In part two of Understanding the music industry, we looked at the role of the artist manager, the types of manager there is and the difference between an artist’s manager and a business manager. In this blog we focus on what an agent does for an artist and why he is so important to the core team framework.
An artist’s agent is sometimes referred to as a booking agent, and, as this term outlines, the main role of this agent is to set up gigs, tours, live concerts, events and basically bring in the business by marketing the artist. The agent is also sometimes involved in transportation, booking sound and light rigs, securing hospitality and booking hotels. Although, as the artists grows, a tour manager would handle a great deal of these responsibilities.
They will also negotiate on deals and offers, get involved on where the artist may perform and promote the artist in all capacity. They will ensure all details are covered in contracts and signed well before the event takes place. The last thing any artist or manager wants to do is to chase a promoter after the event for any due payments. The agent, if he has done his job properly, will have the money as per the contract, before the performance.
It should be noted that agents normally cover specific regions, this is usually done because an agent covers a tight market. His contacts and influence are normally quite restricted to one city, state or country. The agent’s regions are generally accepted as Asia & Australia, Europe, North America, South America and Australia and New Zealand. Large artists can have one mega agent that will coordinate the individual regional agents to promote a tour or deal with similar issues.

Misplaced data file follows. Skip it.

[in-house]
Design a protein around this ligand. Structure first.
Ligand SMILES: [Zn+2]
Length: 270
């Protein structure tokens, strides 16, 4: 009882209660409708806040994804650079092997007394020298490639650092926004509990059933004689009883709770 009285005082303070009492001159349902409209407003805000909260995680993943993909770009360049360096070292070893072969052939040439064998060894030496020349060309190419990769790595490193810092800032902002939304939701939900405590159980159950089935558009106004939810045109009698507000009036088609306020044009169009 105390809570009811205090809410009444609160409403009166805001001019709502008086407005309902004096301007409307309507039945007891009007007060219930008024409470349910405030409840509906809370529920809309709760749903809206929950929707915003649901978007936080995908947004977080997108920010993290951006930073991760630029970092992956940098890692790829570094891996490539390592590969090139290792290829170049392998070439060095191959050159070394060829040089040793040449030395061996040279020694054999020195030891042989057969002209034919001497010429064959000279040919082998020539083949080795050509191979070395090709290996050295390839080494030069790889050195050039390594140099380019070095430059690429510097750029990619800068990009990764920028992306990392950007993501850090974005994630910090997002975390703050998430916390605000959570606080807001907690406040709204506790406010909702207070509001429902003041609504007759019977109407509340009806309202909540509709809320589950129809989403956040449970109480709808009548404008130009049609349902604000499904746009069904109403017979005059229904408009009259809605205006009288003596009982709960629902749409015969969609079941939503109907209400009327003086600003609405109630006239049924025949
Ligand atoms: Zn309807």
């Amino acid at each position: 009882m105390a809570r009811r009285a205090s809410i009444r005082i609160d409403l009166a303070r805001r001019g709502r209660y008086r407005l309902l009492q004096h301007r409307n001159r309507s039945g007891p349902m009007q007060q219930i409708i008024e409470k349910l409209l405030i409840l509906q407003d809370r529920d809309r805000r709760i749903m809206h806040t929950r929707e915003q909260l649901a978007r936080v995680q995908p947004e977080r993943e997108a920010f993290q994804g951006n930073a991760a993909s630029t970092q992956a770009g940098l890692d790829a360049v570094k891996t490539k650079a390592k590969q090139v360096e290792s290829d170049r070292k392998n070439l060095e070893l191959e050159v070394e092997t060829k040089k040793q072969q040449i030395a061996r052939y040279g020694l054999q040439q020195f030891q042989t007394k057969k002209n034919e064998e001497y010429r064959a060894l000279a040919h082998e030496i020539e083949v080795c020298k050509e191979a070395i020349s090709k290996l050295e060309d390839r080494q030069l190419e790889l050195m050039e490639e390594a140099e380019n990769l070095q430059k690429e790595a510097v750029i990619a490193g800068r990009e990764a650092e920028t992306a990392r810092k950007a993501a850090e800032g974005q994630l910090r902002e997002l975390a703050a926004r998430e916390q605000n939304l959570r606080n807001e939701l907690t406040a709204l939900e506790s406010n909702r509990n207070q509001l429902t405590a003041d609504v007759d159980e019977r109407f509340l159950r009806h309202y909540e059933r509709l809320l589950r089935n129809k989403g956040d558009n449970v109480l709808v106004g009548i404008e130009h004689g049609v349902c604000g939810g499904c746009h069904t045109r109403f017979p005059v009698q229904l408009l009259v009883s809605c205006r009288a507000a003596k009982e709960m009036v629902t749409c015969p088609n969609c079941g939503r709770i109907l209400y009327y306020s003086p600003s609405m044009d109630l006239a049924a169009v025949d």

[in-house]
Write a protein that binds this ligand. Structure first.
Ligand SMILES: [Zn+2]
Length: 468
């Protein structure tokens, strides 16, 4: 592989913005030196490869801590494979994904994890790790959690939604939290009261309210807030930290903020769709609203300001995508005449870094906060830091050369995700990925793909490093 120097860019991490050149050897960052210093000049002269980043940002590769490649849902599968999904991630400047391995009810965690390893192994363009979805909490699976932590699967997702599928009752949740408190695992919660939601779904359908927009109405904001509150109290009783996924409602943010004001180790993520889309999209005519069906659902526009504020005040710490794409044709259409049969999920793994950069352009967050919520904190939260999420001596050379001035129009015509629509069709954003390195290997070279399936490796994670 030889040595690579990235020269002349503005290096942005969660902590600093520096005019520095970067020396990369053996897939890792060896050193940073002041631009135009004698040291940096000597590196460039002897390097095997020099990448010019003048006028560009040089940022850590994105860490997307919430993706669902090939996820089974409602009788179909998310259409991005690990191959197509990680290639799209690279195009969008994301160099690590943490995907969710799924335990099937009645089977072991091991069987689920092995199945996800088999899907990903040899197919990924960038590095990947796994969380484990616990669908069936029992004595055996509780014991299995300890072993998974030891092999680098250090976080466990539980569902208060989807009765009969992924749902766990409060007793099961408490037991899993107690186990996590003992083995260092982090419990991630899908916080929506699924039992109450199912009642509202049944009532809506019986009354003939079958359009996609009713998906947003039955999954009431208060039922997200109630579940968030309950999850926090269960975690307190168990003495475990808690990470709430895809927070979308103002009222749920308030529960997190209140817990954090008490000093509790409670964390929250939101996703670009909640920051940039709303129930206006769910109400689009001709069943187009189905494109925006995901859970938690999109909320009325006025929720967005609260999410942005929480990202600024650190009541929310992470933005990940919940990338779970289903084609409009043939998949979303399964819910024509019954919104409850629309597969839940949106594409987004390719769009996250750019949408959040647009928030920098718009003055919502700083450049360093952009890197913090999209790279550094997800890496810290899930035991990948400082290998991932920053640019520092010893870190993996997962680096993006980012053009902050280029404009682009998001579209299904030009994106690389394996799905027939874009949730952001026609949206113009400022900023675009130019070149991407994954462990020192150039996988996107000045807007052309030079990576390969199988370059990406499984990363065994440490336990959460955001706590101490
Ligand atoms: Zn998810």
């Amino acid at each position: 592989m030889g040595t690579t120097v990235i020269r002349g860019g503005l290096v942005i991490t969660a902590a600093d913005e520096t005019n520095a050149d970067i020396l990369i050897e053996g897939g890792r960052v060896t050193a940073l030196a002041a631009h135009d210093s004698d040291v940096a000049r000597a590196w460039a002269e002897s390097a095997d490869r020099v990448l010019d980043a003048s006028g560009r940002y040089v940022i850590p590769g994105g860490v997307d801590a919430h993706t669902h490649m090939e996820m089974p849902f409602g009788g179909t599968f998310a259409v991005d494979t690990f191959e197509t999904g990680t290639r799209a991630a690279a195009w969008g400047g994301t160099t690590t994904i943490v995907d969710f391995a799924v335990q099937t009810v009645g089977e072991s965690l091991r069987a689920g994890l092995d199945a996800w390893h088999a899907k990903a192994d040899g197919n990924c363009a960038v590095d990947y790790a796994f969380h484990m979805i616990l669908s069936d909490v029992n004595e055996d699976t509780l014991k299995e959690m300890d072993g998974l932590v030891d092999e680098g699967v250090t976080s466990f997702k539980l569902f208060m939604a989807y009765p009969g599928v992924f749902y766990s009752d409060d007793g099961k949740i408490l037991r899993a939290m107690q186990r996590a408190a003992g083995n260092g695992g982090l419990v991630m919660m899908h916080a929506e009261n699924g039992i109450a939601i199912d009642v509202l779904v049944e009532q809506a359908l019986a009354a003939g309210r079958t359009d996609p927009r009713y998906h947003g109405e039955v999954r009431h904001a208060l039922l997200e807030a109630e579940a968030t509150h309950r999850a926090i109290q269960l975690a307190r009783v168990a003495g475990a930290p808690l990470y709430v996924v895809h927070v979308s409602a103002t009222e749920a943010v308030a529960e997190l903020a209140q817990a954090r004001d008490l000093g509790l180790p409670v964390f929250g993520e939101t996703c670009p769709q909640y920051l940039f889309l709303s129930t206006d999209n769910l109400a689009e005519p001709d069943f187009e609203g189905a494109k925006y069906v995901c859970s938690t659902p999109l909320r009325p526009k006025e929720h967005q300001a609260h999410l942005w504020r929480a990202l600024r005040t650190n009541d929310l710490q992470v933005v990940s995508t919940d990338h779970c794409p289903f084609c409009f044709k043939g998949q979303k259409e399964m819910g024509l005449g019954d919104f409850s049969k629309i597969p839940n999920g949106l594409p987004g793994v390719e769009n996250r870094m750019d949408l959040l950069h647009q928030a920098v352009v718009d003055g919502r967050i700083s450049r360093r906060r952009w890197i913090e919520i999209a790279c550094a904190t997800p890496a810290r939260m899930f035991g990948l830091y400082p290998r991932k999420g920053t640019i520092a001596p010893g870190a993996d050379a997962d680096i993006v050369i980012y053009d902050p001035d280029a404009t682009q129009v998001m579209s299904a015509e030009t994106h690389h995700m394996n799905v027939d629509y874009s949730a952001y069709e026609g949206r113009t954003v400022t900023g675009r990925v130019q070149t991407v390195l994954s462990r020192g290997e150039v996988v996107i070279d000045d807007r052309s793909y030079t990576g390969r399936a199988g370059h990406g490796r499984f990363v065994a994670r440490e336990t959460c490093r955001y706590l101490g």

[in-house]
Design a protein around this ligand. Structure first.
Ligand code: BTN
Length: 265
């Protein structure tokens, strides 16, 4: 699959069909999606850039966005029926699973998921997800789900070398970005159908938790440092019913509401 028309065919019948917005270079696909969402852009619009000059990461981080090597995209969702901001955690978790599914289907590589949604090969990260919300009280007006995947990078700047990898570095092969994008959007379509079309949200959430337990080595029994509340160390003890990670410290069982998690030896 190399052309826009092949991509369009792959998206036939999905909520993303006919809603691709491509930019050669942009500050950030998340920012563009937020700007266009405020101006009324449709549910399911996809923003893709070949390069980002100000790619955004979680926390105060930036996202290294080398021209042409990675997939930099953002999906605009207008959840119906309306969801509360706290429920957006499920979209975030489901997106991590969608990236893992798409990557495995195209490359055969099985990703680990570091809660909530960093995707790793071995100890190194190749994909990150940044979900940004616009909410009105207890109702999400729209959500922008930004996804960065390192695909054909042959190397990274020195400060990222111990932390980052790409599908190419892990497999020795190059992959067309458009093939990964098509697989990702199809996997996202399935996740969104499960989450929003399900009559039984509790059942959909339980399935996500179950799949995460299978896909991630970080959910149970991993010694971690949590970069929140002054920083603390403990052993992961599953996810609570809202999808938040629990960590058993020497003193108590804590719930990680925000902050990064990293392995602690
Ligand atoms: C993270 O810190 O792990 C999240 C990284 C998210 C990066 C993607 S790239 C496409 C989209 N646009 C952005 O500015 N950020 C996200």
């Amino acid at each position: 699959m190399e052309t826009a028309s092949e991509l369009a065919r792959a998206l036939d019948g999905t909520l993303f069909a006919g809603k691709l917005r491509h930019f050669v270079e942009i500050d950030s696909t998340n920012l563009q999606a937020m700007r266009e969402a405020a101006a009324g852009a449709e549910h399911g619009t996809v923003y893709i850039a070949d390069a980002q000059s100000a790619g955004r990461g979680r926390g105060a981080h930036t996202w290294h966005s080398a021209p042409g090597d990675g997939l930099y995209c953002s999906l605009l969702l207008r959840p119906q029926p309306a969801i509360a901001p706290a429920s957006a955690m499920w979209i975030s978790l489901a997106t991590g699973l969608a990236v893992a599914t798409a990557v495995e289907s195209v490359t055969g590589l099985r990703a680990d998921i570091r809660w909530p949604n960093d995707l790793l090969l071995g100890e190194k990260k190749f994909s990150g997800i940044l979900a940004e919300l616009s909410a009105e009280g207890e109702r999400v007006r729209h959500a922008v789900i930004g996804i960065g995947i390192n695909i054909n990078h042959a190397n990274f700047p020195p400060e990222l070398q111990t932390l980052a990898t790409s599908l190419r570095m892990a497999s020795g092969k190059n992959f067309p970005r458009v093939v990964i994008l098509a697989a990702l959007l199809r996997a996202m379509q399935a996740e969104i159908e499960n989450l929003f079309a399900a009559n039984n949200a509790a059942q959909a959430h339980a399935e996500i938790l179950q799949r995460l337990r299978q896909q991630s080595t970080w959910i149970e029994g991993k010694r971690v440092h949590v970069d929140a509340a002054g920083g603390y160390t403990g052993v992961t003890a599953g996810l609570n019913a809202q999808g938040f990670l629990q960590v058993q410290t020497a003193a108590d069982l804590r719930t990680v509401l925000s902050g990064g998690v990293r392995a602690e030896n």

Head Agents Duties
The artists management will dictate the schedule for the year, dedicating different times of year for different activities. And regarding tours, they will liaise with the head agent who then has to coordinate region by region and time of year to sub-agents. These top agents will also have to network with event promoters to ensure their artist is in the right place at the right time, and the marketing is also coordinated.
The agent will work hard at developing relationships with certain key promoters. Say, artist’s management has targeted a large festival they wish to attend, perhaps the Coachella festival. The head agent may agree to do a series of smaller gigs in the clubs owned by AEG, to either show what the artist can do or as a favor to highlight the club by a star entertainer performing there. Most of the big music events in the U.S are run by a small number of event promoters that are owned by large entertainment companies. To get into their good books an agent sometimes has to persuade their artist to perform in venues that they perhaps are not accustomed to.
In our final and concluding part of understanding the music industry we end with the deals the agents are usually involved in and the financial side of things.